Rustic hardwood floors are ideal for that old farmhouse look. Slightly softer woods are easiest to distress: pine, oak, even bamboo. As a bonus, a pre-scratched up floor will camouflage any marks you, your kids, pets or furniture might make. Consider hand-scraped laminate flooring if actual wood isn’t your cup of tea.
I’m just going to go out on a limb and say it: antique furniture is usually a rip-off. So why not fake it? You can buy vintage fabric and reupholster modern pieces or give newer furnishings a dose of old age. Again, you’re going to want to employ your good old friends: sandpaper, stain and paint, along with wire brushes and steel wool. It’s even been recommended to take a heavy chain to your end table or dresser, giving it a few good whacks before you start coating and scraping. Off-kilter dings and scratches are signs of authenticity.
Now that you’ve got your walls, floors and furniture artfully destroyed, it’s time for the fun part. Accoutrements! The DIY world abounds with inspiration for these types of projects, so if you’re the crafty type, you’re in luck.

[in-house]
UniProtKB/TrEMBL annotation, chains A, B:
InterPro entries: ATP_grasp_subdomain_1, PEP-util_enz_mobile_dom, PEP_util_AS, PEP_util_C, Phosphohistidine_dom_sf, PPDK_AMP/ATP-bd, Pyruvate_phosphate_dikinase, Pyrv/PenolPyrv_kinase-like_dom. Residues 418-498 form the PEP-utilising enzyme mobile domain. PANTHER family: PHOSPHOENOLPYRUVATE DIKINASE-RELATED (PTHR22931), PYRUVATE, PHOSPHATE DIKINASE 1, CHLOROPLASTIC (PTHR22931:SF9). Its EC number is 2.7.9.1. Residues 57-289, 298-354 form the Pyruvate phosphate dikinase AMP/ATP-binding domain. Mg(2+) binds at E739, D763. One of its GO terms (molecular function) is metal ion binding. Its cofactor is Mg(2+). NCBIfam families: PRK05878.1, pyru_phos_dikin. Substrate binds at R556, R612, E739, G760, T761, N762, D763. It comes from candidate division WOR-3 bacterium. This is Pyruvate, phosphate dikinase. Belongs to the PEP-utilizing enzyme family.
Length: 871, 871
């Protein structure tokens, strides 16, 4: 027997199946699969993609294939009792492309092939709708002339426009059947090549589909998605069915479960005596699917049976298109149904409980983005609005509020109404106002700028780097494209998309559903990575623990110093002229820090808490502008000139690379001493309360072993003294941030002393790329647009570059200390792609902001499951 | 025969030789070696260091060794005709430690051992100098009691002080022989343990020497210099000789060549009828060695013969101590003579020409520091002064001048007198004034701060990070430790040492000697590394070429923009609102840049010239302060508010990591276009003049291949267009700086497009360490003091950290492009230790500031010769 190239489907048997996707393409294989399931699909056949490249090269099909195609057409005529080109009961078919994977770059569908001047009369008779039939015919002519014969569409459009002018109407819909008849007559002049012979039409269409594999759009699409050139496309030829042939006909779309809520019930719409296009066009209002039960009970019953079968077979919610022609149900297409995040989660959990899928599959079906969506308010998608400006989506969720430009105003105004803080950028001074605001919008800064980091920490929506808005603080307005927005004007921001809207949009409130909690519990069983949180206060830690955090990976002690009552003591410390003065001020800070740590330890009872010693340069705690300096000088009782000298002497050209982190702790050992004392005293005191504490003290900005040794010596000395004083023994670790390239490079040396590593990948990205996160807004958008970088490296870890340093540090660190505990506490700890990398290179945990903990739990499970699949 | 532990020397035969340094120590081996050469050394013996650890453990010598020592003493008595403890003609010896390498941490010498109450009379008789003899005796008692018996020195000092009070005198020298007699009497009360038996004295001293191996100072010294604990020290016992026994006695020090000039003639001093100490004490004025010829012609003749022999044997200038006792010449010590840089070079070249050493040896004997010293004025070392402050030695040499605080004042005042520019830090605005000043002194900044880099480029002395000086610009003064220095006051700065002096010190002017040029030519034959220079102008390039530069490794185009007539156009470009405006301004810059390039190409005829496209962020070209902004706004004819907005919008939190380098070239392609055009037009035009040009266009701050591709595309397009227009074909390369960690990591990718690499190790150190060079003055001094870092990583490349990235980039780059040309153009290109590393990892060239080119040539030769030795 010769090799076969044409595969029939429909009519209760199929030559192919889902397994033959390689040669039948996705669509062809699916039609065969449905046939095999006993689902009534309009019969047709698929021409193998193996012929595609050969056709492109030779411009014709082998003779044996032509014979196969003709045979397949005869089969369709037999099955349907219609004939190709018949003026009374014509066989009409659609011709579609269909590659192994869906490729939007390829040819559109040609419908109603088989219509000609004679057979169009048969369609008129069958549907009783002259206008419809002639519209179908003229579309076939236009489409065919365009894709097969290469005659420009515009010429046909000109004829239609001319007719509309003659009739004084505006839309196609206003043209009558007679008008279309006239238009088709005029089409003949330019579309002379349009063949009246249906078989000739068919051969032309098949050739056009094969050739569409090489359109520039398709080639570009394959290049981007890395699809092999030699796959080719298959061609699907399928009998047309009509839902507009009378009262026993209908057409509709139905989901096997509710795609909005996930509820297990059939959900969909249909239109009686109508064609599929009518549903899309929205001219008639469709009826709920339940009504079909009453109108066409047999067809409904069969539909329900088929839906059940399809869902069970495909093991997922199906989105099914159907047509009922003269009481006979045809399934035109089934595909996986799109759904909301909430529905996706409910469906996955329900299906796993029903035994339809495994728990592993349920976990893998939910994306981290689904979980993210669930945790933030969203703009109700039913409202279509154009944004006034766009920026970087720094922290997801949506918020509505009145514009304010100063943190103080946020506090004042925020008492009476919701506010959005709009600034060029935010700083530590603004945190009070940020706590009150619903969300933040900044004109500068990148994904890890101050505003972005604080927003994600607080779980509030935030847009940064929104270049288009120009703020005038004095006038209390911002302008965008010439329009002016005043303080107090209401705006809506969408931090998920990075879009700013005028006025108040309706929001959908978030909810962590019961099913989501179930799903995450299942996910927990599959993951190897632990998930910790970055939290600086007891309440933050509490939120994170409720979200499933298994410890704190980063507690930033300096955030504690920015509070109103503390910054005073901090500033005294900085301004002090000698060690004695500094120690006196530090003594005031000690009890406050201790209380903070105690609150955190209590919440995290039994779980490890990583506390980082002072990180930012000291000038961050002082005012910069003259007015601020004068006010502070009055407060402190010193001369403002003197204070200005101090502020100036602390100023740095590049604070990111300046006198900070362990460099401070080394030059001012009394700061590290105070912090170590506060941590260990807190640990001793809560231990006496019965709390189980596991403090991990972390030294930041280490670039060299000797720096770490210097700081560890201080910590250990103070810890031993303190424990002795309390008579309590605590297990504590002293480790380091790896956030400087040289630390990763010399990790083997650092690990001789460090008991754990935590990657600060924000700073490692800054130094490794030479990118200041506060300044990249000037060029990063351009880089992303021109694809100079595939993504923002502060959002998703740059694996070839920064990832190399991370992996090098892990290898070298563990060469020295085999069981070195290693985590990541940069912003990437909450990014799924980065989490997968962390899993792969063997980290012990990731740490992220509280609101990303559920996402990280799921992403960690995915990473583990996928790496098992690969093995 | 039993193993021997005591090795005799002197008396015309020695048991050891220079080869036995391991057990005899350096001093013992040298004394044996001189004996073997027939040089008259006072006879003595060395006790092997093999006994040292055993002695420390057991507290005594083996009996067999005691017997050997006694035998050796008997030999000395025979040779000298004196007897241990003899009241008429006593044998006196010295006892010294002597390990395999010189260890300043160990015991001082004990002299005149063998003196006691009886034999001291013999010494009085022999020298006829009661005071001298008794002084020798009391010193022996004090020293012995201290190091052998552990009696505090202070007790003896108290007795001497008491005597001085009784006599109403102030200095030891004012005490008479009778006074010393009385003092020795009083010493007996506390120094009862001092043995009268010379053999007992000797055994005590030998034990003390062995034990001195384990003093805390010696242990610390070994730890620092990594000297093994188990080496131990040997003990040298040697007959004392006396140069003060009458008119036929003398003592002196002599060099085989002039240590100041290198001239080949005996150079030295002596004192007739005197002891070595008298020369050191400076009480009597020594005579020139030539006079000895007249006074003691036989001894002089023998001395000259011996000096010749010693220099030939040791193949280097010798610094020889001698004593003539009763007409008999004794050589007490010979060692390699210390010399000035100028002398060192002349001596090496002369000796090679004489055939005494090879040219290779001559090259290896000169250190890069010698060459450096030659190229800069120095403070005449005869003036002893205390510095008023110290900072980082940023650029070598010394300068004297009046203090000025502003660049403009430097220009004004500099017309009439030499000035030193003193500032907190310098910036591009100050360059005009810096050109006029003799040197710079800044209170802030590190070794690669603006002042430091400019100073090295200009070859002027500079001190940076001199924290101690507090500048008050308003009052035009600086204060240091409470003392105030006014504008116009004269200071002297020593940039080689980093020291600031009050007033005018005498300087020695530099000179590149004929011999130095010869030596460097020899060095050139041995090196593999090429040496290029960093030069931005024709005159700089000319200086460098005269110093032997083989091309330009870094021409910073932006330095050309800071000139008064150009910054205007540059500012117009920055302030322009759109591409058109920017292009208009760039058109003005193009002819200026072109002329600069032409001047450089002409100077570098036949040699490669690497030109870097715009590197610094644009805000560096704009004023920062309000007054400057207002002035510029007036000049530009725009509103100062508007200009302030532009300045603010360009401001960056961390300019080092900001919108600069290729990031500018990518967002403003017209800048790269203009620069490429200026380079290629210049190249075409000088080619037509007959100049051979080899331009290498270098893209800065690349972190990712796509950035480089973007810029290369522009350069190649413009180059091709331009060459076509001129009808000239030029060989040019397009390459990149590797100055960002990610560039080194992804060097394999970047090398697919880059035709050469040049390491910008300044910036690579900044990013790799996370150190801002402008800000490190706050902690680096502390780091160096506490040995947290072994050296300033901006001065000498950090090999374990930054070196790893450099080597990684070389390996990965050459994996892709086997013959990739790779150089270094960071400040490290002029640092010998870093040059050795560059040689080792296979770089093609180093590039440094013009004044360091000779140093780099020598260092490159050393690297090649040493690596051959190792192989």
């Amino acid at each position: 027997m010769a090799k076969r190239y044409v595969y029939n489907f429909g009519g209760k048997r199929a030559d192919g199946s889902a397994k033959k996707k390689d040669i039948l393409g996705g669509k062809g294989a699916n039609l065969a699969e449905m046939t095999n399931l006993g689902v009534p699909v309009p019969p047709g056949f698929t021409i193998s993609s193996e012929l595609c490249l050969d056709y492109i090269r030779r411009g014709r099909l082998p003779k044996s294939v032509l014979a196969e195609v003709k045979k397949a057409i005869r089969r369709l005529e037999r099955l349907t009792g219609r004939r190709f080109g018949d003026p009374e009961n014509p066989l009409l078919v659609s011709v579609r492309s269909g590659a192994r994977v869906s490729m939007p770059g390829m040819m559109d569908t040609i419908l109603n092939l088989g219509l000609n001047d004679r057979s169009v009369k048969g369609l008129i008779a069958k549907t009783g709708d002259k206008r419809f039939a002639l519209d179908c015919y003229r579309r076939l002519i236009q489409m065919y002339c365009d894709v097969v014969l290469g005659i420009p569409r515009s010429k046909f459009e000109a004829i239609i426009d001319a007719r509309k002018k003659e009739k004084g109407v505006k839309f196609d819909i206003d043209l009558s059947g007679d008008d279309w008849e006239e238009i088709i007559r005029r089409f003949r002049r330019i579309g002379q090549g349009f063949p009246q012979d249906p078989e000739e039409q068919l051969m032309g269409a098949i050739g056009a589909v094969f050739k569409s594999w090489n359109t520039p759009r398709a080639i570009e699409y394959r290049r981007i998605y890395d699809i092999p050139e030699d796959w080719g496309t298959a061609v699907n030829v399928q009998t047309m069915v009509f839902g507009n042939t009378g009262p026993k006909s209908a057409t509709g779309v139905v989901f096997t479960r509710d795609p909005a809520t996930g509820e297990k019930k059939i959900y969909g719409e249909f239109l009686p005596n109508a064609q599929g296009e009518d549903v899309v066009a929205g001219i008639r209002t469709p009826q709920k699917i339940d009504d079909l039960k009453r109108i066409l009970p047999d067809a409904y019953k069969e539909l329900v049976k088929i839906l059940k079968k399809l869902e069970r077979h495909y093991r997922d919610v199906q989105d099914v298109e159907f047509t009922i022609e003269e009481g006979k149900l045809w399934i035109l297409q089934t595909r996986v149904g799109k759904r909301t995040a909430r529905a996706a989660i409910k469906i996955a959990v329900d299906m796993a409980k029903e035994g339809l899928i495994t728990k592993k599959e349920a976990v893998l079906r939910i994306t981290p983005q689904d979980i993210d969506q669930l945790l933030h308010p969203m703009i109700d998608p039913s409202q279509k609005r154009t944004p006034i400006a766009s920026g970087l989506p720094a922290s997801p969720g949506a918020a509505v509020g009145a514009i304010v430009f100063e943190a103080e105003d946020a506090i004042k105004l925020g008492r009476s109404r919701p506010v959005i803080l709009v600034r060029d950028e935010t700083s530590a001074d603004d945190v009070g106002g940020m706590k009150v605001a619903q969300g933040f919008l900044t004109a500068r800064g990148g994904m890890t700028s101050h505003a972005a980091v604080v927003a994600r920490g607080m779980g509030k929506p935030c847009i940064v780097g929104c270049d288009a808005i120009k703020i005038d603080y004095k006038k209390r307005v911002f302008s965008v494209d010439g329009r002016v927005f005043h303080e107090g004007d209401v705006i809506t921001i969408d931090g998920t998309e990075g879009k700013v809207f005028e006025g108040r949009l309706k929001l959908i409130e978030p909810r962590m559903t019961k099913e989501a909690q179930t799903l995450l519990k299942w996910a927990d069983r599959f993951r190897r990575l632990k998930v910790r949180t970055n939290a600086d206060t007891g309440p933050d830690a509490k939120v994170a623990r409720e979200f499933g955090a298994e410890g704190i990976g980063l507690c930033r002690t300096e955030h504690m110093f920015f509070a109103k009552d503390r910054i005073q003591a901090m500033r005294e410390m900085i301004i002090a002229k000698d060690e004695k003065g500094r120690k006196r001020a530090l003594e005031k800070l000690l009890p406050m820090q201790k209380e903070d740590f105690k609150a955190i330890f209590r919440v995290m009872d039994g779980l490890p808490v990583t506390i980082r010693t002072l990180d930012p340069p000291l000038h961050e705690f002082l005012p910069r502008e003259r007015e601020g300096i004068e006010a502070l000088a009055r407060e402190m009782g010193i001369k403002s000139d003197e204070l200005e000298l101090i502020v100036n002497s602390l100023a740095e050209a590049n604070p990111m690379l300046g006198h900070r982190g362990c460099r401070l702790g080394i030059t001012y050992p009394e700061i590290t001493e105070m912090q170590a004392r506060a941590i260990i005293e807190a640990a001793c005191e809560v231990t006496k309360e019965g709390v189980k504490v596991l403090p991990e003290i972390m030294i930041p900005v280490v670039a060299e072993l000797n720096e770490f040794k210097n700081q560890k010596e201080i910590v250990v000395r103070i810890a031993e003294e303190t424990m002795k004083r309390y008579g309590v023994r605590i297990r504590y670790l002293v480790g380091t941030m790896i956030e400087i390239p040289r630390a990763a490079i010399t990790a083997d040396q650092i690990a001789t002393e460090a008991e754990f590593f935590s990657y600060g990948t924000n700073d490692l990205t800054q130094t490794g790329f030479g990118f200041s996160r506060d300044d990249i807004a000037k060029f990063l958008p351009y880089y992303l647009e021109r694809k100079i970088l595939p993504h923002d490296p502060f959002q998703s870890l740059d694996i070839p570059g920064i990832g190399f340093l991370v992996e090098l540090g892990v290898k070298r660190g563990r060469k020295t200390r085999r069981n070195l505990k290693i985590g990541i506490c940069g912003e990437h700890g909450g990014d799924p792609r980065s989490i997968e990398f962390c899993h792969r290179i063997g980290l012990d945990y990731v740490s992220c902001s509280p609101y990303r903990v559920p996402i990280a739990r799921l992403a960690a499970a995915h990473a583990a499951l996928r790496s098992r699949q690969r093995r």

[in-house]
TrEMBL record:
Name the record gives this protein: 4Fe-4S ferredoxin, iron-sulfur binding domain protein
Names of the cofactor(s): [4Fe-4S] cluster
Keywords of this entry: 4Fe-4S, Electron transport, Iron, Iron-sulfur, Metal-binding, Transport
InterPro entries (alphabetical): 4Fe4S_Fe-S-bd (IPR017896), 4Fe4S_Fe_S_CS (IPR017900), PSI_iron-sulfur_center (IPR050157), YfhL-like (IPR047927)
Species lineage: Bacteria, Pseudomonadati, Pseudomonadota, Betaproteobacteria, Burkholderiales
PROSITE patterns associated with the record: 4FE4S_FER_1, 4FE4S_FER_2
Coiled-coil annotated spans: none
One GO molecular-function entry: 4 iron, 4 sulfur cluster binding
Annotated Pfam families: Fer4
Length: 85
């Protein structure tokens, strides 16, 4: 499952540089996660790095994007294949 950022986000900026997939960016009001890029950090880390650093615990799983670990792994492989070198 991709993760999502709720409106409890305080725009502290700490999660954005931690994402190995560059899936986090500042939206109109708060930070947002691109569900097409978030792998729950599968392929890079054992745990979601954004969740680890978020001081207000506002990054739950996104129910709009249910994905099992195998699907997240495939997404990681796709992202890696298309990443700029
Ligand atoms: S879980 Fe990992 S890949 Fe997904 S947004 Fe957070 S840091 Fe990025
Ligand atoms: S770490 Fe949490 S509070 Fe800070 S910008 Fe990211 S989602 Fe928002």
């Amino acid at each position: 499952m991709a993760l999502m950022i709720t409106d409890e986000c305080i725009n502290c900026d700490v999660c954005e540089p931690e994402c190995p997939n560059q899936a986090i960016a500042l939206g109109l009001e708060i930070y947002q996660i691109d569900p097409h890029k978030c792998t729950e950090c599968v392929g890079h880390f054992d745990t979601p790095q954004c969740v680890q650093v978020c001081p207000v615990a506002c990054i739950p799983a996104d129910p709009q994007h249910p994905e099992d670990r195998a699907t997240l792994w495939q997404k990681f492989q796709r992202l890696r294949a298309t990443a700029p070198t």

Turn newer or junky old pots, picture frames or jars into “vintage” treasures by painting them with primer and chipping it away. There are paint methods for getting a faux bronze or zinc patina. Find a piece of old wood, paint and distress it accordingly, stencil on your family name, something French, whatever – and bam! – now you have an antique sign to hang.
An old, beat-up suitcase can take on a new life as a repurposed end table, medicine cabinet or even a pet bed. Turn pages of old books and dictionaries (bonus if they’re in another language), yellowing sheet music or vintage pattern sheaths into collaged…well, anything, really. Let your imagination wander. A pile of old costume jewelry brooches can be transformed into unique magnets with little more than a dab of hot glue.
A bit more specifically, my wife is absolutely bonkers for this antique-y, DIY flowered table. We decided to wait until spring to tackle the homemade vintage door I came across the other day; then we realized it might be best to knock out the project this fall, so it can weather outdoors over the winter. There are so many cool tutorials out there for any budget or style. What’s your secret for getting the old-timey look?
Jonathon Ensor is a freelance design blogger for Empire Today. When he’s not scouring yard sales for the best deals on classic furnishings, he moonlights as an amateur hoarder.